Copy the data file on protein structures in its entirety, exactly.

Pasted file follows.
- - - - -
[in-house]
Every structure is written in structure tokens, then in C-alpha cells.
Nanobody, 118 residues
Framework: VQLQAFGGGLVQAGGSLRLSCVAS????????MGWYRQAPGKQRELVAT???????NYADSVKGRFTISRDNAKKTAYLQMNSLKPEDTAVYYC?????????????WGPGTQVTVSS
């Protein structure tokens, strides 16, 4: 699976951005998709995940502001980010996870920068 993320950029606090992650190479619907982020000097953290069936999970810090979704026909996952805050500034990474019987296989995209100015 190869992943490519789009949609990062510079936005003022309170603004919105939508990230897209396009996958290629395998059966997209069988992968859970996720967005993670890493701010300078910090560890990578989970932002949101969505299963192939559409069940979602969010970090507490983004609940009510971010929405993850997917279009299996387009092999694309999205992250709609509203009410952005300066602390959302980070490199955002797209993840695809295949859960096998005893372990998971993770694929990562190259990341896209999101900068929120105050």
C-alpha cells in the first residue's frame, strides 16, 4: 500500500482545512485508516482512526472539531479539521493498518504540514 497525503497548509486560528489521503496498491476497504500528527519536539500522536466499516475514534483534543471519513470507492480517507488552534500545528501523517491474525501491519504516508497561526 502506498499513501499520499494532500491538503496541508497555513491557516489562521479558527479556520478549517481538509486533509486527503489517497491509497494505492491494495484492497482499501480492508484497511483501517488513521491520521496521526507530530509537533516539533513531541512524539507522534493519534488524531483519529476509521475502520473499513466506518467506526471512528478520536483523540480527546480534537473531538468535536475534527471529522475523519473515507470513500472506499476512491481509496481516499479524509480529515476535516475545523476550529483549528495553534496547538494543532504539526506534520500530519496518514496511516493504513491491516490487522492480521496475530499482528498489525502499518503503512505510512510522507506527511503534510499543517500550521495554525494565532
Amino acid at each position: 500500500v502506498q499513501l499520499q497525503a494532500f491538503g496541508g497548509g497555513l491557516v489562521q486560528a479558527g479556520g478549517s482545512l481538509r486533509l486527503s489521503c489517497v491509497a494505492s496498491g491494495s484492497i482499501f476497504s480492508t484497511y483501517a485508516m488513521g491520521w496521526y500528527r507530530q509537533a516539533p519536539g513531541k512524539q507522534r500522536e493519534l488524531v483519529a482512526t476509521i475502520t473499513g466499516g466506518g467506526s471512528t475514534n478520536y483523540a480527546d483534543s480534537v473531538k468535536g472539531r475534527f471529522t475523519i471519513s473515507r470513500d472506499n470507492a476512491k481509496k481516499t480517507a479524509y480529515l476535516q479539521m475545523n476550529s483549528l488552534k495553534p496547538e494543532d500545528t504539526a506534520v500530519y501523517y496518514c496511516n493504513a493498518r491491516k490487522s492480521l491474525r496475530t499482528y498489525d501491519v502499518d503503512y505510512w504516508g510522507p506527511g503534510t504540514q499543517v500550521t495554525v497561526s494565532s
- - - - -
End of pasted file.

[in-house]
Every structure is written in structure tokens, then in C-alpha cells.
Nanobody, 118 residues
Framework: VQLQAFGGGLVQAGGSLRLSCVAS????????MGWYRQAPGKQRELVAT???????NYADSVKGRFTISRDNAKKTAYLQMNSLKPEDTAVYYC?????????????WGPGTQVTVSS
């Protein structure tokens, strides 16, 4: 699976951005998709995940502001980010996870920068 993320950029606090992650190479619907982020000097953290069936999970810090979704026909996952805050500034990474019987296989995209100015 190869992943490519789009949609990062510079936005003022309170603004919105939508990230897209396009996958290629395998059966997209069988992968859970996720967005993670890493701010300078910090560890990578989970932002949101969505299963192939559409069940979602969010970090507490983004609940009510971010929405993850997917279009299996387009092999694309999205992250709609509203009410952005300066602390959302980070490199955002797209993840695809295949859960096998005893372990998971993770694929990562190259990341896209999101900068929120105050």
C-alpha cells in the first residue's frame, strides 16, 4: 500500500482545512485508516482512526472539531479539521493498518504540514 497525503497548509486560528489521503496498491476497504500528527519536539500522536466499516475514534483534543471519513470507492480517507488552534500545528501523517491474525501491519504516508497561526 502506498499513501499520499494532500491538503496541508497555513491557516489562521479558527479556520478549517481538509486533509486527503489517497491509497494505492491494495484492497482499501480492508484497511483501517488513521491520521496521526507530530509537533516539533513531541512524539507522534493519534488524531483519529476509521475502520473499513466506518467506526471512528478520536483523540480527546480534537473531538468535536475534527471529522475523519473515507470513500472506499476512491481509496481516499479524509480529515476535516475545523476550529483549528495553534496547538494543532504539526506534520500530519496518514496511516493504513491491516490487522492480521496475530499482528498489525502499518503503512505510512510522507506527511503534510499543517500550521495554525494565532
Amino acid at each position: 500500500v502506498q499513501l499520499q497525503a494532500f491538503g496541508g497548509g497555513l491557516v489562521q486560528a479558527g479556520g478549517s482545512l481538509r486533509l486527503s489521503c489517497v491509497a494505492s496498491g491494495s484492497i482499501f476497504s480492508t484497511y483501517a485508516m488513521g491520521w496521526y500528527r507530530q509537533a516539533p519536539g513531541k512524539q507522534r500522536e493519534l488524531v483519529a482512526t476509521i475502520t473499513g466499516g466506518g467506526s471512528t475514534n478520536y483523540a480527546d483534543s480534537v473531538k468535536g472539531r475534527f471529522t475523519i471519513s473515507r470513500d472506499n470507492a476512491k481509496k481516499t480517507a479524509y480529515l476535516q479539521m475545523n476550529s483549528l488552534k495553534p496547538e494543532d500545528t504539526a506534520v500530519y501523517y496518514c496511516n493504513a493498518r491491516k490487522s492480521l491474525r496475530t499482528y498489525d501491519v502499518d503503512y505510512w504516508g510522507p506527511g503534510t504540514q499543517v500550521t495554525v497561526s494565532s